The prudent holiday shopper with babies and toddlers on her list may opt for clothes or other necessities. While these items are greatly appreciated for children who need them, I would like to make the case for toys too. Toys are more than mere playthings. And play is more than just play. Play is a keypart of a child’s social, mental, physical, and emotional development. Appropriate, stimulating, and safe toys give children an opportunity to learn important skills.
Some toys are good for almost all ages. Blocks, for instance, may be simple but they offer different benefits as the child grows. For example, infants can hold blocks for muscle development and coordination. A little later, blocks teach object permanence, the idea that an object is still there even when it is out of sight. As the child grows, blocks provide opportunities to learn spatial relationships and language. Blocks can be used to foster imagination and creativity long into school age and beyond.
Most often, the best toy for each child is based on his developmental stage. Aim too high, and the child will miss the benefits. (You’ll have to put the toy away for a while and pull it out when he can gain the benefit.) If the toy is too simple for the child, he may be bored. Here’s a quick guide for choosing the right toy—otherwise known as an important learning tool—for the baby or toddler on your shopping list.
Ages 0 – 6 months. Very young infants have a fascination with movement, sound, and simple visuals. (Toys that offer high contrast black, white, and red designs are easiest for them to see.) Infants in this group are discovering their bodies, working on eye-hand coordination, reaching and working on their grasp.
Appropriate toys include mobiles, rattles, anything they can grasp, squeeze, kick, or shake. Infants also enjoy listening, which provides another great way for them to learn. There are many soft and squishy books that crinkle or squeak. They love to explore and even chew on them, which provides a great sensory experience.
Ages 6 – 8 months. This is the age of “cause and effect”. Six-to-eight month olds learn through the repetition of activities. They begin transferring toys from hand to hand and in/out of containers and buckets. They also begin to use infant toys in many new ways.
Ages 8 – 18 months. Children in this age span learn to foresee results and deliberately make things happen. They experiment with size, shape, and space. Look for push/pull toys, blocks, nesting cups, shape sorters, balls, and simple toys that can be taken apart. They are also interested in exploring their physical environments and their capabilities, so soft items to crawl over and through are very exciting to them.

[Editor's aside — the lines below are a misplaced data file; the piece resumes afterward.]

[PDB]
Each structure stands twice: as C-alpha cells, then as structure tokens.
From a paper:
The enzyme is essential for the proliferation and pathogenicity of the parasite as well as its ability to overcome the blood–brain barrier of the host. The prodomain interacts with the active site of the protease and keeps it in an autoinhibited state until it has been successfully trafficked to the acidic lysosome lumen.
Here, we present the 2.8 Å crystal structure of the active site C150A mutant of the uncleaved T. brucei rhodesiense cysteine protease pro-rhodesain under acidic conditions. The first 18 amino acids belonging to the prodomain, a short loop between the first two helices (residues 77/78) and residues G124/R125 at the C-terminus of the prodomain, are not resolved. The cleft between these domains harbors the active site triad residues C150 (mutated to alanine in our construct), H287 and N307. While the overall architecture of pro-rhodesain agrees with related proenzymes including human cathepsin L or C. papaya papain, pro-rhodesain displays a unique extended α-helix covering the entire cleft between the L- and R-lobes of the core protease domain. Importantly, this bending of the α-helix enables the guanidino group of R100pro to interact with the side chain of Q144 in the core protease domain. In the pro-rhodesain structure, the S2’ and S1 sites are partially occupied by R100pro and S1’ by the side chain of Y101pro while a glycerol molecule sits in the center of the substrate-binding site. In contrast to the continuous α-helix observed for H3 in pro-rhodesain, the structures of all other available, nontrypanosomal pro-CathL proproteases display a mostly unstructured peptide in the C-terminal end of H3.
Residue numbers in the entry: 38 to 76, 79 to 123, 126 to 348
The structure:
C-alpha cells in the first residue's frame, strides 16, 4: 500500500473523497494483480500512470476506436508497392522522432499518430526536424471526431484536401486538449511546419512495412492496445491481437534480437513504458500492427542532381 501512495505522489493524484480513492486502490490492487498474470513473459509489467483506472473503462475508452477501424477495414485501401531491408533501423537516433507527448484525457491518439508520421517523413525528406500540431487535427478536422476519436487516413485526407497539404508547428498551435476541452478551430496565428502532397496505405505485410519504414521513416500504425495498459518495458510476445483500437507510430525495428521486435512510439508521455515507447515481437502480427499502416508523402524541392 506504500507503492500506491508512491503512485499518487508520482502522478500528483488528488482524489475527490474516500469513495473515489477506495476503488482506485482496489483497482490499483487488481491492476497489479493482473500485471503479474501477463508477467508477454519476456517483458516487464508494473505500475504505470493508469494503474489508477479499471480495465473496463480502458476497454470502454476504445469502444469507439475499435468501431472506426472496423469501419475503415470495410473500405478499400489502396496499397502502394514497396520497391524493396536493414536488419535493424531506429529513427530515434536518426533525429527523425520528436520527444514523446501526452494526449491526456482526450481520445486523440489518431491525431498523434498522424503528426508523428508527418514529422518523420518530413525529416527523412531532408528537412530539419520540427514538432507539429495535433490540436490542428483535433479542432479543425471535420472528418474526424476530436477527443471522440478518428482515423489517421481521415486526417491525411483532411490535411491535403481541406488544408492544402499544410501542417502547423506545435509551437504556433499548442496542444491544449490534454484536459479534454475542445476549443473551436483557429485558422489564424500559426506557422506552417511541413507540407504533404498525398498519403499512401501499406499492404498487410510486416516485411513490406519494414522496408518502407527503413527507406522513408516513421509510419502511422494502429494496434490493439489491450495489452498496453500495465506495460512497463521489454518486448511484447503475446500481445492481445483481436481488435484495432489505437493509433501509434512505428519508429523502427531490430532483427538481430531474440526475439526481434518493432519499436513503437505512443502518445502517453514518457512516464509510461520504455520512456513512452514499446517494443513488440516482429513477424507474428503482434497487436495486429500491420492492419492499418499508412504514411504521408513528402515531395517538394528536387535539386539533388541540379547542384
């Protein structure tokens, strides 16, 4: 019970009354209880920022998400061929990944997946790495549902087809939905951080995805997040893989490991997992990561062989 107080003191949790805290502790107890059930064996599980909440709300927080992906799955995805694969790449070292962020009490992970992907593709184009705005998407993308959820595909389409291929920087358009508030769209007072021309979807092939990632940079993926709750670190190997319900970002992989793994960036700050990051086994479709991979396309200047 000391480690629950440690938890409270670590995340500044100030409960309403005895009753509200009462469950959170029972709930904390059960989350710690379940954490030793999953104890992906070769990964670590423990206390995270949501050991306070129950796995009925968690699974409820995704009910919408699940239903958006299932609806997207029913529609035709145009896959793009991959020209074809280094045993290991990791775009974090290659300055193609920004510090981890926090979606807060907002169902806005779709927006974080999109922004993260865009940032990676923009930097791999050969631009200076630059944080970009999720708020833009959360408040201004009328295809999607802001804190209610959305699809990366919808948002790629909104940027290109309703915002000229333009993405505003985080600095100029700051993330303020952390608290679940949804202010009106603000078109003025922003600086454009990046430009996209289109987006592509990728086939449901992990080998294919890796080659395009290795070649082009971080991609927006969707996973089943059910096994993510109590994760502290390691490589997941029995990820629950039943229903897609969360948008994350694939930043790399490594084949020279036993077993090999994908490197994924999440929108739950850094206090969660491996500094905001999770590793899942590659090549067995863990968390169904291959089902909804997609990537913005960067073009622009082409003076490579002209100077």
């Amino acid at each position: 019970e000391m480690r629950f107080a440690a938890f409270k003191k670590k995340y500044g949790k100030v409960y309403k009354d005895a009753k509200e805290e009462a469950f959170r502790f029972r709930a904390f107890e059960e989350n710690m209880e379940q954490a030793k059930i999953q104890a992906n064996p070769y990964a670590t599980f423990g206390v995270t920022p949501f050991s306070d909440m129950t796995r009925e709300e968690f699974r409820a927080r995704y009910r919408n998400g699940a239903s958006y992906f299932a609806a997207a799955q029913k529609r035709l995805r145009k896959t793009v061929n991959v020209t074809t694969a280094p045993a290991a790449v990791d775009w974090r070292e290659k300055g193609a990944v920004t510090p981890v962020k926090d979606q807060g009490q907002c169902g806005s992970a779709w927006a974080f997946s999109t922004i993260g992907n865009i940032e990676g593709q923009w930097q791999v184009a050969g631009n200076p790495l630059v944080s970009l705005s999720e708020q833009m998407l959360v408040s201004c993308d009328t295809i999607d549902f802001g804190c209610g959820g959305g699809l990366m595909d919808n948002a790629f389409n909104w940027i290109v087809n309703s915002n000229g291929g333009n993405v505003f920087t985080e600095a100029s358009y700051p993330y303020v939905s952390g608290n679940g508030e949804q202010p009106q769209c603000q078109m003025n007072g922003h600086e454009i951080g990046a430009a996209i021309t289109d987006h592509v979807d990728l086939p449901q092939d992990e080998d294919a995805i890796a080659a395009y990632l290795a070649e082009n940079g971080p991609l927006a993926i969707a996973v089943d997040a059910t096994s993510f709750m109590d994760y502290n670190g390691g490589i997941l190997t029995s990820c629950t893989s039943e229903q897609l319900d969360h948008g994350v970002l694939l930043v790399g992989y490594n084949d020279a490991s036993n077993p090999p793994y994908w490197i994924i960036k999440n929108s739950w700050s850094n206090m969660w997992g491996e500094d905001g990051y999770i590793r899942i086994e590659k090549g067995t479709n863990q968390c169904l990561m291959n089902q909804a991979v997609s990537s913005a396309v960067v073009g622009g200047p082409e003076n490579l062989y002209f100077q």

Ages 18 – 24 months. At this age; children begin to enjoy “pretend” play. This is the time to start introducing dress-up clothes, dolls, kitchen sets, toy cars and trucks, puppets, and animals. They also have a lot of new-found dexterity and mental function. Try puzzles; peg boards; and toys with dials, switches, knobs, and lids.
Ages 24 – 36 months. Children between 2 and 3 years old are learning language, socialization, and motor skills very rapidly. They are also making huge gains, so their skills seem to expand in all directions. Help them continue to build on their imagination and creativity with crayons, finger paints, play dough, easels, legos, construction sets, and child-size chairs and tables.
Noise is also an enticement for this age span. They will love drums, hammer and pegs toys, and musical toys. To encourage their drive to move, think of balls for kicking and throwing, ride-on toys, tents, and tunnels.
Of course there are many, many options in each of the categories. When faced with choosing, why not pick the one you are most likely to enjoy as well? The toy that inspires the adults in a child’s life to take a moment away from all of the other important tasks at hand to play along—to share thoughts and language and build a caring relationship—is the very best gift of all.
Danielle Bacon is a developmental educator with Children’s Integrated Services, Early Intervention for Southern Vermont. She can be reached at 802-447-2768. CIS/Early Intervention offers a playgroup from 10:30 a.m. – noon Mondays at the Bennington Free Library.